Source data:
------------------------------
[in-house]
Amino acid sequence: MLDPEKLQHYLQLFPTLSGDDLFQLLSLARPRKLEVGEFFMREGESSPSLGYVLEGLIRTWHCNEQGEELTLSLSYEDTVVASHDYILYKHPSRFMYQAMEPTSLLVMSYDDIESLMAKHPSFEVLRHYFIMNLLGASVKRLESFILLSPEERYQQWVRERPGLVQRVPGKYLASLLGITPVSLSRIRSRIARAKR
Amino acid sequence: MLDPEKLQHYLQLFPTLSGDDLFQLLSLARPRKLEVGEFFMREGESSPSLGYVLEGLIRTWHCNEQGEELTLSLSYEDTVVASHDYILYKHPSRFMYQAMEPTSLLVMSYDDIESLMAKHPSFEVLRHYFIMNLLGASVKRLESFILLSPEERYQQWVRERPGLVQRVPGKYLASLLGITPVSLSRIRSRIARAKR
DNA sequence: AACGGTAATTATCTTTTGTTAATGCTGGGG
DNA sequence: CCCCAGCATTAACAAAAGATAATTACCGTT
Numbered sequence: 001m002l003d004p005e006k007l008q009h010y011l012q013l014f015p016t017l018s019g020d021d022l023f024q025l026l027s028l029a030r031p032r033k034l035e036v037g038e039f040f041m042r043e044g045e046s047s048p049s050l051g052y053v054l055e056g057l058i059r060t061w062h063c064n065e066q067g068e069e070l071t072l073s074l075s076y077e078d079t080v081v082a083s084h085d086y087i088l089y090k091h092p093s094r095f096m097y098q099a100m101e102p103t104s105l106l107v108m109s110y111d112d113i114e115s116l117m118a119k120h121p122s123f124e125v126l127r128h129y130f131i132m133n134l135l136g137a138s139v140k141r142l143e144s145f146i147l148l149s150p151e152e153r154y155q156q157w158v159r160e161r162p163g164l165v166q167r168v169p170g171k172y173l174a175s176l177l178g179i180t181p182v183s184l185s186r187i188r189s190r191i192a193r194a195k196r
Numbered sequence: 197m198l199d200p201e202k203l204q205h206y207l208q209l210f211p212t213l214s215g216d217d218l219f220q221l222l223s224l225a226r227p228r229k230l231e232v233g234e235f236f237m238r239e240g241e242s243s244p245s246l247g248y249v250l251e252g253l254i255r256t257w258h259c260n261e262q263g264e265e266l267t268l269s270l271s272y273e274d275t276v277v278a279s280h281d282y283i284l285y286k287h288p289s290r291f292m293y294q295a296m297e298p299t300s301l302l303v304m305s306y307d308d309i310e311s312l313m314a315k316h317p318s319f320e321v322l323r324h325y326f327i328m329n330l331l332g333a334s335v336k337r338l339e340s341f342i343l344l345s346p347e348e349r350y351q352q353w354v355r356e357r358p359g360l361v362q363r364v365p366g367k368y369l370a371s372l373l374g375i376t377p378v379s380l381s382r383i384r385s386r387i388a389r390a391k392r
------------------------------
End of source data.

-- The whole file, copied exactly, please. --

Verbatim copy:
[in-house]
Amino acid sequence: MLDPEKLQHYLQLFPTLSGDDLFQLLSLARPRKLEVGEFFMREGESSPSLGYVLEGLIRTWHCNEQGEELTLSLSYEDTVVASHDYILYKHPSRFMYQAMEPTSLLVMSYDDIESLMAKHPSFEVLRHYFIMNLLGASVKRLESFILLSPEERYQQWVRERPGLVQRVPGKYLASLLGITPVSLSRIRSRIARAKR
Amino acid sequence: MLDPEKLQHYLQLFPTLSGDDLFQLLSLARPRKLEVGEFFMREGESSPSLGYVLEGLIRTWHCNEQGEELTLSLSYEDTVVASHDYILYKHPSRFMYQAMEPTSLLVMSYDDIESLMAKHPSFEVLRHYFIMNLLGASVKRLESFILLSPEERYQQWVRERPGLVQRVPGKYLASLLGITPVSLSRIRSRIARAKR
DNA sequence: AACGGTAATTATCTTTTGTTAATGCTGGGG
DNA sequence: CCCCAGCATTAACAAAAGATAATTACCGTT
Numbered sequence: 001m002l003d004p005e006k007l008q009h010y011l012q013l014f015p016t017l018s019g020d021d022l023f024q025l026l027s028l029a030r031p032r033k034l035e036v037g038e039f040f041m042r043e044g045e046s047s048p049s050l051g052y053v054l055e056g057l058i059r060t061w062h063c064n065e066q067g068e069e070l071t072l073s074l075s076y077e078d079t080v081v082a083s084h085d086y087i088l089y090k091h092p093s094r095f096m097y098q099a100m101e102p103t104s105l106l107v108m109s110y111d112d113i114e115s116l117m118a119k120h121p122s123f124e125v126l127r128h129y130f131i132m133n134l135l136g137a138s139v140k141r142l143e144s145f146i147l148l149s150p151e152e153r154y155q156q157w158v159r160e161r162p163g164l165v166q167r168v169p170g171k172y173l174a175s176l177l178g179i180t181p182v183s184l185s186r187i188r189s190r191i192a193r194a195k196r
Numbered sequence: 197m198l199d200p201e202k203l204q205h206y207l208q209l210f211p212t213l214s215g216d217d218l219f220q221l222l223s224l225a226r227p228r229k230l231e232v233g234e235f236f237m238r239e240g241e242s243s244p245s246l247g248y249v250l251e252g253l254i255r256t257w258h259c260n261e262q263g264e265e266l267t268l269s270l271s272y273e274d275t276v277v278a279s280h281d282y283i284l285y286k287h288p289s290r291f292m293y294q295a296m297e298p299t300s301l302l303v304m305s306y307d308d309i310e311s312l313m314a315k316h317p318s319f320e321v322l323r324h325y326f327i328m329n330l331l332g333a334s335v336k337r338l339e340s341f342i343l344l345s346p347e348e349r350y351q352q353w354v355r356e357r358p359g360l361v362q363r364v365p366g367k368y369l370a371s372l373l374g375i376t377p378v379s380l381s382r383i384r385s386r387i388a389r390a391k392r